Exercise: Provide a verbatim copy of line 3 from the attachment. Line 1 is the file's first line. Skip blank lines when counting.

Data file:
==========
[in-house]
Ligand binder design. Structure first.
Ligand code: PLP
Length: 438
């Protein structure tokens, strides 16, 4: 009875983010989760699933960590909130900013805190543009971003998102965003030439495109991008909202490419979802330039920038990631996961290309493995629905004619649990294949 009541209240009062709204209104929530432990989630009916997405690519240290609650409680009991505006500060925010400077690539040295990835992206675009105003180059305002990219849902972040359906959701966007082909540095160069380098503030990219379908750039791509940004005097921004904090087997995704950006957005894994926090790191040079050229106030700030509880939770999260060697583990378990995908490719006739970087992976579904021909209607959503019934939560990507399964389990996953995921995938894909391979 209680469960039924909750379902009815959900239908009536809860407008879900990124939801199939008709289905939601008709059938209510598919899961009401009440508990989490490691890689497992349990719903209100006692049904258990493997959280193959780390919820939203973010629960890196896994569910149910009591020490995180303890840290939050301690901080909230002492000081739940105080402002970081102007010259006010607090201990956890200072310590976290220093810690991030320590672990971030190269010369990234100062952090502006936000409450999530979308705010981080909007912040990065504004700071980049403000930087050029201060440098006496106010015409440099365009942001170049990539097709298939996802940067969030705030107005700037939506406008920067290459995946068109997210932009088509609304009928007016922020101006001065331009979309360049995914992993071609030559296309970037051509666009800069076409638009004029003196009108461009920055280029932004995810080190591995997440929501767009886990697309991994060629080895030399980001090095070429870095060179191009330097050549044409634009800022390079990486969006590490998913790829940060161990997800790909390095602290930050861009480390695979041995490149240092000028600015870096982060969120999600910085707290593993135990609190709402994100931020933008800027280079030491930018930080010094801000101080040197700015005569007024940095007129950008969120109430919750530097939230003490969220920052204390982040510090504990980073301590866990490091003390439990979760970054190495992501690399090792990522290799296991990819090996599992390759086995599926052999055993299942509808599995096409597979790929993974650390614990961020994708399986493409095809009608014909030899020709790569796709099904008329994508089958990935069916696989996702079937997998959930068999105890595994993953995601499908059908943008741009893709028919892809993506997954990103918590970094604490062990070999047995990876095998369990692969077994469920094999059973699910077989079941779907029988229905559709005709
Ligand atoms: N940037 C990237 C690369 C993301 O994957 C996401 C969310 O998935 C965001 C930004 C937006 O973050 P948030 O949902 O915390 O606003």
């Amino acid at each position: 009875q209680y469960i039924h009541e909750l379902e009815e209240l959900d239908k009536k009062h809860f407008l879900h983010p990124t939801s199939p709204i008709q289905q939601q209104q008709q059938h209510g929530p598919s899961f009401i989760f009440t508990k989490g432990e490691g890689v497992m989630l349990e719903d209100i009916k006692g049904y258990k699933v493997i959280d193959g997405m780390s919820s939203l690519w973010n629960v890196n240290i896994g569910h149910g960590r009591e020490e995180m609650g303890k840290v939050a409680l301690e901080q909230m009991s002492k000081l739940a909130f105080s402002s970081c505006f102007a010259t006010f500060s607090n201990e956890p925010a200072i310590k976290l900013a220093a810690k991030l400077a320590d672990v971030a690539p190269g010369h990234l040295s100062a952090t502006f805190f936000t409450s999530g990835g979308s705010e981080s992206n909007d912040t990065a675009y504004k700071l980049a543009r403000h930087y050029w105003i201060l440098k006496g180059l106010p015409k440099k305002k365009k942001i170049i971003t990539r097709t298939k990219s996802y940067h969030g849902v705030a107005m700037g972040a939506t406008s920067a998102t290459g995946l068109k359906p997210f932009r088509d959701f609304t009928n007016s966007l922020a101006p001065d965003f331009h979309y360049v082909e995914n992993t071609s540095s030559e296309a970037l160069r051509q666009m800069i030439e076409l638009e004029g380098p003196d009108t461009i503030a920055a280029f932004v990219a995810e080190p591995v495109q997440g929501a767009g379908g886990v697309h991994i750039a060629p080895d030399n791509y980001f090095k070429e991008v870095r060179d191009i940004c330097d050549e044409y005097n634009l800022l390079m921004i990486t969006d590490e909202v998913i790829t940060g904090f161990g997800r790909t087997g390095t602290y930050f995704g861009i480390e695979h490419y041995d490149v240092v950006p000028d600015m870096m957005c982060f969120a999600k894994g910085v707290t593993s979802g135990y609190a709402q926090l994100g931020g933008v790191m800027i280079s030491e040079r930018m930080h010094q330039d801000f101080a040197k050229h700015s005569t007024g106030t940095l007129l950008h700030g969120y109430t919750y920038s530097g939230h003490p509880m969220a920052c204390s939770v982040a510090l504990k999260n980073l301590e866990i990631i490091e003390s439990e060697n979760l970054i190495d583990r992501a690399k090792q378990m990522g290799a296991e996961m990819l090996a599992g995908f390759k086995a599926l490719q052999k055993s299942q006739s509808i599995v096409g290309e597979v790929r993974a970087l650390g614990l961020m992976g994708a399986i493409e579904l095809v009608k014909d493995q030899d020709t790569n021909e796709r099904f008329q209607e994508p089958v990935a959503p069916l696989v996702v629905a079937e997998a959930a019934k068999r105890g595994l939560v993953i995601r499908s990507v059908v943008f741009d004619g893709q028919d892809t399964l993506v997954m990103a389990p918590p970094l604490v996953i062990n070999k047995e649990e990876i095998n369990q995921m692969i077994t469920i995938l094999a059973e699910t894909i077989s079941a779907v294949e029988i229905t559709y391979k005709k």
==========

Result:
Ligand code: PLP